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Smocked Night and Day Dress Contest Entry

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Unless you’ve been sewing under a rock lately, rumors that blogger Gertie has released a new dress pattern have probably drifted past your ears.

It has 72 different options (seriously!), which makes it quite the buy-in-bulk-and-save deal, but I hadn’t really considered getting it because I have a slew of untouched patterns at home. Until – I found out that she was running a contest for the best dress design.

 

Night and Day Dress pattern options

 

As I was browsing the contest entries last week (on Facebook and Instagram under #nightanddaydresscontest), I noticed the gathered yoked skirt and bishop sleeves, and realized they were perfect for smocking.

Since I usually follow the design rule-of-thumb that accents should come in threes, I added the collar with smocked detail as well.

I found this feather-light wool crepe in my stash. It’s so thin that I could easily see through it to mark my smocking grid.

A clarification here –  there are different types of smocking, one of the most well-know being English smocking, where you pleat the fabric first, then sew along the pleats.

I used a different method, called direct smocking. To make it, I marked a dot grid on my fabric, then sewed sets of dots together in a pattern to form the pleats. This particular pattern is called the Honeycomb pattern.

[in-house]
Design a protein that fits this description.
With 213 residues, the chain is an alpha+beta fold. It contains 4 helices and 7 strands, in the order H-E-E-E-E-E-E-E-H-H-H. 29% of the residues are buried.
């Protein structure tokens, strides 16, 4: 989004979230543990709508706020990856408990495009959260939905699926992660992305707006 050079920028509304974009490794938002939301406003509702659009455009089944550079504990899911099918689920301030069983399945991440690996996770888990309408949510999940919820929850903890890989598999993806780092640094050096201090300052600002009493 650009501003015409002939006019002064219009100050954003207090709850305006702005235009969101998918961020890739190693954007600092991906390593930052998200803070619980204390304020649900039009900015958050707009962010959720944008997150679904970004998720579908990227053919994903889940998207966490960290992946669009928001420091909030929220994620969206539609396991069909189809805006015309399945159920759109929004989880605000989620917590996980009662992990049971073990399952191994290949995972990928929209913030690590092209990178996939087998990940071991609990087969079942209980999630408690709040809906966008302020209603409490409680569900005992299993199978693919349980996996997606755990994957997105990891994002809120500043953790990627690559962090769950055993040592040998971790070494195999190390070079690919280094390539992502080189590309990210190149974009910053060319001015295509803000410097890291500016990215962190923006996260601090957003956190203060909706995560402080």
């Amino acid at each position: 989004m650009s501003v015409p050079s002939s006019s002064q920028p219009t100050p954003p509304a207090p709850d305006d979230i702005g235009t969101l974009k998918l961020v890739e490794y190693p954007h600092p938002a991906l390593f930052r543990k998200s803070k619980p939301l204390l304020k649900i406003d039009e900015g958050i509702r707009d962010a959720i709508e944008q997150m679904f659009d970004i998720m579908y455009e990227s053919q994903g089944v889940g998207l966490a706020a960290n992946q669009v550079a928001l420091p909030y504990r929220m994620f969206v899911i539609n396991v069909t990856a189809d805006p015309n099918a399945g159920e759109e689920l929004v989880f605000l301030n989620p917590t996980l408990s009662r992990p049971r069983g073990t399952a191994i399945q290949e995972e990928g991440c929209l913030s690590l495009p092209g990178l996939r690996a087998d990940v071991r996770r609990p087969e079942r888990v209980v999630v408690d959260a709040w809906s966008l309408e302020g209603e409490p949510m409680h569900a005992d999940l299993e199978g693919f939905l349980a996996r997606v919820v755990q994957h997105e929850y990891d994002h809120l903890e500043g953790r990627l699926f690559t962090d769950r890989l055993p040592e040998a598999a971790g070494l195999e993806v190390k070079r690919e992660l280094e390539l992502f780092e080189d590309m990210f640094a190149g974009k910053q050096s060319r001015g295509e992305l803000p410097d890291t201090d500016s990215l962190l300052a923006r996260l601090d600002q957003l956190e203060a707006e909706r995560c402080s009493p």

Honey comb stitch pattern. Curved lines indicate where two dots are sewn to each other. The arrows show which stitch comes next. Though actually, I just realized this is the pattern for a left hander. Righties, do the mirror image of this, working from right to left. Sorry!

I made a sample since of the smocking to see what size I like. To get the paper grid, I googled “1cm x 1cm dot grid” and found this one from VectorStock.com. The left portion of the sample I did 1cm x 1cm (3/8″ x 3/8″). In the center I marked every other dot to make a 2cm x 2cm (3/4″ x 3/4″) grid. The right side has 3cm (1-1/8″) squares.

I also experimented with adding beads on the right side of the sample. And at the far right, you’ll notice that the large pattern is slightly narrower and looks more diamond-shaped. That’s because after I finished the smocking stitches, I went back with matching turquoise thread and added a stitch behind the beads to pinch the pleats more tightly together.

This is my favorite variation of the four – what do you like the most?

Wrong side of the smocking – also quite pretty!

Now that I’ve come up with the idea, I want to make the dress regardless of whether I win the pattern or not. The real challenge will be figuring out how much fabric I need in the skirt and  – especially – the sleeves so that it ends up with the right circumference once it’s been smocked.

My contest entry – I tried to make it look like me. I don’t think the face really worked but the hair and the glasses are right. And the shoes are less high-heeled than in Gertie’s template because I can’t walk in such high shoes.

The collar should be less challenging; my plane is to smock the fabric before I cut those pattern pieces out. We’ll see if it works!

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